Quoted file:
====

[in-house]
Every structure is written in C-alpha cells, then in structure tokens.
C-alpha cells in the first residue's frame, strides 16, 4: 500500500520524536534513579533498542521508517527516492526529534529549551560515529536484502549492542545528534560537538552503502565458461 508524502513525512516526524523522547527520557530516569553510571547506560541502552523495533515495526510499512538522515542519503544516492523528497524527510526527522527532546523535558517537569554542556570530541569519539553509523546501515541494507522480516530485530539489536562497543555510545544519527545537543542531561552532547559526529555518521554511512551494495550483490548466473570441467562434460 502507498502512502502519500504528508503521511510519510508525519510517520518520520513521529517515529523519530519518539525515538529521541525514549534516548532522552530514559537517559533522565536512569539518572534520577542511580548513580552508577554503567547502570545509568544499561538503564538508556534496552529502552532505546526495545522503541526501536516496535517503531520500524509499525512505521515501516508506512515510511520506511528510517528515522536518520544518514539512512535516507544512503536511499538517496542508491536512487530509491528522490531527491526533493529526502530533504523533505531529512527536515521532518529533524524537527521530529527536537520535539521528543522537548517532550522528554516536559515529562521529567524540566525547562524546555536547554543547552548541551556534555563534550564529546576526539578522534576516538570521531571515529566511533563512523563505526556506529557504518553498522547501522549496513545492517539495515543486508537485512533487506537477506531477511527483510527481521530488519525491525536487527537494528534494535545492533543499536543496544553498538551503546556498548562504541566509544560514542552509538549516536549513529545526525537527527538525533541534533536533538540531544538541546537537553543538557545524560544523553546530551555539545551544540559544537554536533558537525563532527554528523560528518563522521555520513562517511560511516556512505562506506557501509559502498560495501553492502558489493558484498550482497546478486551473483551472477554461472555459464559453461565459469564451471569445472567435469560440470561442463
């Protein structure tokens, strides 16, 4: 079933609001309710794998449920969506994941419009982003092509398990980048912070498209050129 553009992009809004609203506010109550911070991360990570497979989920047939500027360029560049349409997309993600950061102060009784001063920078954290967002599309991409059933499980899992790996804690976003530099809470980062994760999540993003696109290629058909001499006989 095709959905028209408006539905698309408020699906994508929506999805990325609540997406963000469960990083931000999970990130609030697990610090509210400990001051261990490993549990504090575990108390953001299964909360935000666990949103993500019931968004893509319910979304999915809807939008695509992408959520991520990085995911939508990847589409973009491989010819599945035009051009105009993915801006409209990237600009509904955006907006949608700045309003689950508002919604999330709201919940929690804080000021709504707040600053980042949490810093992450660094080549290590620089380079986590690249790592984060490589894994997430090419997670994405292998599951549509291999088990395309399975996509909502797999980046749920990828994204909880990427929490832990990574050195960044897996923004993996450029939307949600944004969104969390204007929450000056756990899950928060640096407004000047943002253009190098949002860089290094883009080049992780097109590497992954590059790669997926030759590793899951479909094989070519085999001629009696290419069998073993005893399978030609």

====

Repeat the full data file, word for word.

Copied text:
[in-house]
Every structure is written in C-alpha cells, then in structure tokens.
C-alpha cells in the first residue's frame, strides 16, 4: 500500500520524536534513579533498542521508517527516492526529534529549551560515529536484502549492542545528534560537538552503502565458461 508524502513525512516526524523522547527520557530516569553510571547506560541502552523495533515495526510499512538522515542519503544516492523528497524527510526527522527532546523535558517537569554542556570530541569519539553509523546501515541494507522480516530485530539489536562497543555510545544519527545537543542531561552532547559526529555518521554511512551494495550483490548466473570441467562434460 502507498502512502502519500504528508503521511510519510508525519510517520518520520513521529517515529523519530519518539525515538529521541525514549534516548532522552530514559537517559533522565536512569539518572534520577542511580548513580552508577554503567547502570545509568544499561538503564538508556534496552529502552532505546526495545522503541526501536516496535517503531520500524509499525512505521515501516508506512515510511520506511528510517528515522536518520544518514539512512535516507544512503536511499538517496542508491536512487530509491528522490531527491526533493529526502530533504523533505531529512527536515521532518529533524524537527521530529527536537520535539521528543522537548517532550522528554516536559515529562521529567524540566525547562524546555536547554543547552548541551556534555563534550564529546576526539578522534576516538570521531571515529566511533563512523563505526556506529557504518553498522547501522549496513545492517539495515543486508537485512533487506537477506531477511527483510527481521530488519525491525536487527537494528534494535545492533543499536543496544553498538551503546556498548562504541566509544560514542552509538549516536549513529545526525537527527538525533541534533536533538540531544538541546537537553543538557545524560544523553546530551555539545551544540559544537554536533558537525563532527554528523560528518563522521555520513562517511560511516556512505562506506557501509559502498560495501553492502558489493558484498550482497546478486551473483551472477554461472555459464559453461565459469564451471569445472567435469560440470561442463
């Protein structure tokens, strides 16, 4: 079933609001309710794998449920969506994941419009982003092509398990980048912070498209050129 553009992009809004609203506010109550911070991360990570497979989920047939500027360029560049349409997309993600950061102060009784001063920078954290967002599309991409059933499980899992790996804690976003530099809470980062994760999540993003696109290629058909001499006989 095709959905028209408006539905698309408020699906994508929506999805990325609540997406963000469960990083931000999970990130609030697990610090509210400990001051261990490993549990504090575990108390953001299964909360935000666990949103993500019931968004893509319910979304999915809807939008695509992408959520991520990085995911939508990847589409973009491989010819599945035009051009105009993915801006409209990237600009509904955006907006949608700045309003689950508002919604999330709201919940929690804080000021709504707040600053980042949490810093992450660094080549290590620089380079986590690249790592984060490589894994997430090419997670994405292998599951549509291999088990395309399975996509909502797999980046749920990828994204909880990427929490832990990574050195960044897996923004993996450029939307949600944004969104969390204007929450000056756990899950928060640096407004000047943002253009190098949002860089290094883009080049992780097109590497992954590059790669997926030759590793899951479909094989070519085999001629009696290419069998073993005893399978030609």